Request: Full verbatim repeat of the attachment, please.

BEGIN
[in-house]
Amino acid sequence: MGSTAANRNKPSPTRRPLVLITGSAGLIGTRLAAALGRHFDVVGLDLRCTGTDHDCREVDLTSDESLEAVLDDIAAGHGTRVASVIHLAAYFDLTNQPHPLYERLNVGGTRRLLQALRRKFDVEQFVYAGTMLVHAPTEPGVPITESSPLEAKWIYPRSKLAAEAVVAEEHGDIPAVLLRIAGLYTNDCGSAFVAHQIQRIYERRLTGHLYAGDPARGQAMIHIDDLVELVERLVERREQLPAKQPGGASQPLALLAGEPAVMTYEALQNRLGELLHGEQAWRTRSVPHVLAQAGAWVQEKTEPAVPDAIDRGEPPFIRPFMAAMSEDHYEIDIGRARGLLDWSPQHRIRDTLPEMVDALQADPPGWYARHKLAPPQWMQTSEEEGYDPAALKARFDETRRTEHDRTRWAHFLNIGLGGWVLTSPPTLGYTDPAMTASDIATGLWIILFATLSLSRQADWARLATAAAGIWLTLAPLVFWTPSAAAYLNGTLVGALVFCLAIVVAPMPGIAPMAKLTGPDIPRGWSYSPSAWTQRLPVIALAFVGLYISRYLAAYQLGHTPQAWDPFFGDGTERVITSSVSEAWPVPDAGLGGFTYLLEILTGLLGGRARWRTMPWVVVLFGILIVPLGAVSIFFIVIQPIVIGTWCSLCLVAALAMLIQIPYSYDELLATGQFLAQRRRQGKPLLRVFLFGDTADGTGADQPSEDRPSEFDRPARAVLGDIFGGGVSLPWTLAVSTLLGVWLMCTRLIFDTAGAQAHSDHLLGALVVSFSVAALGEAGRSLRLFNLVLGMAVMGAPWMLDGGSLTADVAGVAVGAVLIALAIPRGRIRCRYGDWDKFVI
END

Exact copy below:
[in-house]
Amino acid sequence: MGSTAANRNKPSPTRRPLVLITGSAGLIGTRLAAALGRHFDVVGLDLRCTGTDHDCREVDLTSDESLEAVLDDIAAGHGTRVASVIHLAAYFDLTNQPHPLYERLNVGGTRRLLQALRRKFDVEQFVYAGTMLVHAPTEPGVPITESSPLEAKWIYPRSKLAAEAVVAEEHGDIPAVLLRIAGLYTNDCGSAFVAHQIQRIYERRLTGHLYAGDPARGQAMIHIDDLVELVERLVERREQLPAKQPGGASQPLALLAGEPAVMTYEALQNRLGELLHGEQAWRTRSVPHVLAQAGAWVQEKTEPAVPDAIDRGEPPFIRPFMAAMSEDHYEIDIGRARGLLDWSPQHRIRDTLPEMVDALQADPPGWYARHKLAPPQWMQTSEEEGYDPAALKARFDETRRTEHDRTRWAHFLNIGLGGWVLTSPPTLGYTDPAMTASDIATGLWIILFATLSLSRQADWARLATAAAGIWLTLAPLVFWTPSAAAYLNGTLVGALVFCLAIVVAPMPGIAPMAKLTGPDIPRGWSYSPSAWTQRLPVIALAFVGLYISRYLAAYQLGHTPQAWDPFFGDGTERVITSSVSEAWPVPDAGLGGFTYLLEILTGLLGGRARWRTMPWVVVLFGILIVPLGAVSIFFIVIQPIVIGTWCSLCLVAALAMLIQIPYSYDELLATGQFLAQRRRQGKPLLRVFLFGDTADGTGADQPSEDRPSEFDRPARAVLGDIFGGGVSLPWTLAVSTLLGVWLMCTRLIFDTAGAQAHSDHLLGALVVSFSVAALGEAGRSLRLFNLVLGMAVMGAPWMLDGGSLTADVAGVAVGAVLIALAIPRGRIRCRYGDWDKFVI